However, when we ask a question with the F word in it, there is an underlying, possibly subconscious, enquiry about the other person’s internal well-being. To cite a real case, we were working with a manager involved in a complex business planning exercise. When asked how she was feeling about the difficulties experienced she became upset. When asked why, she explained that using the F word had prompted an emotional response as a result of the intense effort on her part to do the work.


Do we need to be more careful in how we phrase questions with the word "feelings" in it? This sounds a bit like walking on eggshells. Allowing people to express their feelings in an appropriate way should form part of a natural human desire to build lasting relationships. Openness and honesty would be two values that might be brought to bear, as well as active listening to ensure that what is said at all levels is actually heard.


One business leader, Geoffrey Feasey, has taken the distinction between thinking and feeling further in a business context. He has found that an "observe-think-feel" approach to giving feedback on behaviours in business meetings has had beneficial results. This originated from the difficulty that some people, particularly men, have in receiving challenges about what they said (content) and how they said it (tone of voice and body language).


In all relationships, even those in business, authenticity should be a desired aim: "I am behaving as I truly believe". So the Feasey approach is to challenge behaviours in a systematic approach to avoid confrontation: "I observed your behaviour, heard from the tone of your voice and saw from your body language", then, "what were you thinking about at that moment- followed finally by, "how were your feeling at that time- This approach is designed to engage with the issues in a less threatening way by leaving the F word until last.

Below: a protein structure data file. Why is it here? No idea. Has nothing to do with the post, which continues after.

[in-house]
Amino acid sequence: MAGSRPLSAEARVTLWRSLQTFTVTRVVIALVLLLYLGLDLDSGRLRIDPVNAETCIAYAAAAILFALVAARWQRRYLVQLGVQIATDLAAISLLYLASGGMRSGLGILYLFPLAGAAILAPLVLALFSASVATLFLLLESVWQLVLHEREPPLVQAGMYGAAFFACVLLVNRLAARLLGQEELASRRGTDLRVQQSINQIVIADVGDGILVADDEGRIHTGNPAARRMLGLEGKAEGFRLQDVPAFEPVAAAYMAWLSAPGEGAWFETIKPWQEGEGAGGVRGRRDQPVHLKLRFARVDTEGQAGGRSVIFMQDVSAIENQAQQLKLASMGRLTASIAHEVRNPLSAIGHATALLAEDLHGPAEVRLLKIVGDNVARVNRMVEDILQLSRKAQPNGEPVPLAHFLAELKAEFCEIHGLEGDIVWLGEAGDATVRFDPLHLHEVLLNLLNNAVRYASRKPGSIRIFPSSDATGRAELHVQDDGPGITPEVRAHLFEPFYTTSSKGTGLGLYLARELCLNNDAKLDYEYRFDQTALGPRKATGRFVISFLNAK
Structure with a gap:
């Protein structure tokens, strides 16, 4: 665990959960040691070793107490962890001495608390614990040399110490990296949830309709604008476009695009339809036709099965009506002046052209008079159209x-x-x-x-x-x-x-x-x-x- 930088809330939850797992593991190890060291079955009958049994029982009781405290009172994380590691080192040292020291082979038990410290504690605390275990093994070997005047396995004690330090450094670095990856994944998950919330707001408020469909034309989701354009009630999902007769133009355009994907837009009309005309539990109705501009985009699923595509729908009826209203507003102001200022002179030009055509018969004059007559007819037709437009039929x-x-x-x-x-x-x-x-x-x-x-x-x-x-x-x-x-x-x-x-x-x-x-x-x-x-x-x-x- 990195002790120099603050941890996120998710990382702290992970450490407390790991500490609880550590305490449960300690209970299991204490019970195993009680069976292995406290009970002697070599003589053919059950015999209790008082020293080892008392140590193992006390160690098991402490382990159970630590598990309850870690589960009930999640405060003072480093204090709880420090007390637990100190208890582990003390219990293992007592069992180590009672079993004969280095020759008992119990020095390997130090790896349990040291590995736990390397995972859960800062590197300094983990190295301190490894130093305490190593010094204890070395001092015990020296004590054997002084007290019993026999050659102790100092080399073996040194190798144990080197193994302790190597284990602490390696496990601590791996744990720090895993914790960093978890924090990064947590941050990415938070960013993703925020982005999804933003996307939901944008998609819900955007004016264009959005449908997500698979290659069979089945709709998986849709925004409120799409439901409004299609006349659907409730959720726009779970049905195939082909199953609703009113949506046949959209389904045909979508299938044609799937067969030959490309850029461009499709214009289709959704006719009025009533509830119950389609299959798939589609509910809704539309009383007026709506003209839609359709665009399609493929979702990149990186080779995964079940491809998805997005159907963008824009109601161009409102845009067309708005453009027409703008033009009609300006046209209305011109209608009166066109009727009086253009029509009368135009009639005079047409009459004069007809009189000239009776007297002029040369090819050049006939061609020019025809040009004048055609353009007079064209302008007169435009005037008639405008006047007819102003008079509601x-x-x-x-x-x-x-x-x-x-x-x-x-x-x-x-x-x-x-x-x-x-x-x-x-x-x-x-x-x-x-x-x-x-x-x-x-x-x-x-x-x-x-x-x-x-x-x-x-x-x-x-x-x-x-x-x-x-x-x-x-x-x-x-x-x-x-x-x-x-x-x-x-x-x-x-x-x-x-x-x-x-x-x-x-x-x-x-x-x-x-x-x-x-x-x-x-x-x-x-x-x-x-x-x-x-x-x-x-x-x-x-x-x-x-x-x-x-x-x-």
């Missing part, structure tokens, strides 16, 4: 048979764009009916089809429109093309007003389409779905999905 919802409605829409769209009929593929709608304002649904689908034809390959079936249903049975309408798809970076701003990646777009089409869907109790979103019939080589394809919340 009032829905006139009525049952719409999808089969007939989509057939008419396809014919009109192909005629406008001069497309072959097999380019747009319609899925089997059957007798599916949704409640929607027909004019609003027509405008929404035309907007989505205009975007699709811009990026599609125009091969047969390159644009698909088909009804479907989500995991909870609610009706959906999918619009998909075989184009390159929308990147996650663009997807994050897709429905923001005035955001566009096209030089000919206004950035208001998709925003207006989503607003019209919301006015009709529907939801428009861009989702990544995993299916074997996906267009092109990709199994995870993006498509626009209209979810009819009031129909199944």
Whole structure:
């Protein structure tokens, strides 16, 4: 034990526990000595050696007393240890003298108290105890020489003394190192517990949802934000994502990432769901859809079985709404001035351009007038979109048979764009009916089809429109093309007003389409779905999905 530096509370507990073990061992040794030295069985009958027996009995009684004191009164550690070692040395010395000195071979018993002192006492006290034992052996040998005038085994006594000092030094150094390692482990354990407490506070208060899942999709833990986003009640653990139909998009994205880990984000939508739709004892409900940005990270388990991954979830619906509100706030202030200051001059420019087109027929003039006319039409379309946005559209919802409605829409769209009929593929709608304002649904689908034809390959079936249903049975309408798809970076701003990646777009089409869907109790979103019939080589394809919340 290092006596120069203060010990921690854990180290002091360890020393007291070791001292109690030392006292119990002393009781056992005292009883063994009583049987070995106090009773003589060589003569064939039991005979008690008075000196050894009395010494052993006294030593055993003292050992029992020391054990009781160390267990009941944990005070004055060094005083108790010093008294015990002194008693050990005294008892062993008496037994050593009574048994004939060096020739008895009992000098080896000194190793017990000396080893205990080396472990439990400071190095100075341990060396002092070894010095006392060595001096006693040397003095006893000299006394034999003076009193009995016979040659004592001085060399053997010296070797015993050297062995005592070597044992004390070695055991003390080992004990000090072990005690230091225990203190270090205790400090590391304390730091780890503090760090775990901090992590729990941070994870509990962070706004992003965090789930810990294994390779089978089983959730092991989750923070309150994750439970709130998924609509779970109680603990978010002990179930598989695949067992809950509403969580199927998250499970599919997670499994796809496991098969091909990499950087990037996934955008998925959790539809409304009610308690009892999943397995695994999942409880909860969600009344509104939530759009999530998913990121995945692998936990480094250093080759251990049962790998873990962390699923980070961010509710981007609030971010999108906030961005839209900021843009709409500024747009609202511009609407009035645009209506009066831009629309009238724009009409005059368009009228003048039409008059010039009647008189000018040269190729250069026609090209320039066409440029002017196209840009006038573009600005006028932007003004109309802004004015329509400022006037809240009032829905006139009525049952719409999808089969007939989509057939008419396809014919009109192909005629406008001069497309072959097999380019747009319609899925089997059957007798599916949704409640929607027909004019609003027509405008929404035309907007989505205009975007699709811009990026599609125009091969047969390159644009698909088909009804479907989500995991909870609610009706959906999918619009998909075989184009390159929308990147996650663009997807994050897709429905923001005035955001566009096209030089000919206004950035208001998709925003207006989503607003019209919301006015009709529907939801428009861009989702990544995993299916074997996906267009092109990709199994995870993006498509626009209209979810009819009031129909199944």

The skill of "active listening" and discussing feelings can be usefully applied in circumstances where conflict management is needed. Our experience has shown us that simple techniques such as these can be learned by business leaders through the coaching process with positive impacts in difficult situations.


Strong relationships within organisations and between customers and suppliers are the foundation for long-term business success. Personal coaching can help people improve their relationship skills to achieve more effective teams and leadership. This can be achieved by linking feelings with behaviours, acknowledging the importance of managing emotions in oneself and others, and the need for managers and leaders to be more emotionally aware and sensitive.


Perhaps a closer focus on relationship skills within the business world will allow a more meaningful and authentic dialogue between people. This would utilise the learning that has taken place in recent years within the family systems context. If we try and tell each other more about ourselves, we may begin to develop more trusting environments in our workplaces with leadership based less on power domination. There are both business and emotional risks attached to such changes in behaviour. At least we may start to make sense of the F word and use it as we mean to.